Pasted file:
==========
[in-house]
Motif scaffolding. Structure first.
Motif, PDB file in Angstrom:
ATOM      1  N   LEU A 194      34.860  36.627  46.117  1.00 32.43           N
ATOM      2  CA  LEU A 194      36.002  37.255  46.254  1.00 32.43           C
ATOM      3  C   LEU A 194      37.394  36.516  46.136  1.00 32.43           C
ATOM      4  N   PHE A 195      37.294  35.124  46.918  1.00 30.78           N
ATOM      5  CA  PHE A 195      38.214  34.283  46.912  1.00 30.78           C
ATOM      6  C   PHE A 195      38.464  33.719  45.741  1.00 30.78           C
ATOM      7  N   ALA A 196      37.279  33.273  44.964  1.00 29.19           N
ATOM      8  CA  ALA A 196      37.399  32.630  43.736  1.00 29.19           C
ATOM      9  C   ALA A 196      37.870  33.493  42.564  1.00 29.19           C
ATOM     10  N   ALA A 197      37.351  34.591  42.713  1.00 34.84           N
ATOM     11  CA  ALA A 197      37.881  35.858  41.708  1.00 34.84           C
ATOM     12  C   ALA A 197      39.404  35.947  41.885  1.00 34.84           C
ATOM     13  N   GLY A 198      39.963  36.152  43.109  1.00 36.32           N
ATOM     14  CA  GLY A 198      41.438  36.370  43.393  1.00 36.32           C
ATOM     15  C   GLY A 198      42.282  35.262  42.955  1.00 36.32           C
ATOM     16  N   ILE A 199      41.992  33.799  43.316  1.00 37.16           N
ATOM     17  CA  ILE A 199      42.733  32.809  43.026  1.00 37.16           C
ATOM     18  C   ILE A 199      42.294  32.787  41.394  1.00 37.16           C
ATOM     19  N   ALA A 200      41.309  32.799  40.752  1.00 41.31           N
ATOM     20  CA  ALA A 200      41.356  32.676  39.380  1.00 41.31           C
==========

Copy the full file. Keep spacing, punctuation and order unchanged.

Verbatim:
[in-house]
Motif scaffolding. Structure first.
Motif, PDB file in Angstrom:
ATOM      1  N   LEU A 194      34.860  36.627  46.117  1.00 32.43           N
ATOM      2  CA  LEU A 194      36.002  37.255  46.254  1.00 32.43           C
ATOM      3  C   LEU A 194      37.394  36.516  46.136  1.00 32.43           C
ATOM      4  N   PHE A 195      37.294  35.124  46.918  1.00 30.78           N
ATOM      5  CA  PHE A 195      38.214  34.283  46.912  1.00 30.78           C
ATOM      6  C   PHE A 195      38.464  33.719  45.741  1.00 30.78           C
ATOM      7  N   ALA A 196      37.279  33.273  44.964  1.00 29.19           N
ATOM      8  CA  ALA A 196      37.399  32.630  43.736  1.00 29.19           C
ATOM      9  C   ALA A 196      37.870  33.493  42.564  1.00 29.19           C
ATOM     10  N   ALA A 197      37.351  34.591  42.713  1.00 34.84           N
ATOM     11  CA  ALA A 197      37.881  35.858  41.708  1.00 34.84           C
ATOM     12  C   ALA A 197      39.404  35.947  41.885  1.00 34.84           C
ATOM     13  N   GLY A 198      39.963  36.152  43.109  1.00 36.32           N
ATOM     14  CA  GLY A 198      41.438  36.370  43.393  1.00 36.32           C
ATOM     15  C   GLY A 198      42.282  35.262  42.955  1.00 36.32           C
ATOM     16  N   ILE A 199      41.992  33.799  43.316  1.00 37.16           N
ATOM     17  CA  ILE A 199      42.733  32.809  43.026  1.00 37.16           C
ATOM     18  C   ILE A 199      42.294  32.787  41.394  1.00 37.16           C
ATOM     19  N   ALA A 200      41.309  32.799  40.752  1.00 41.31           N
ATOM     20  CA  ALA A 200      41.356  32.676  39.380  1.00 41.31           C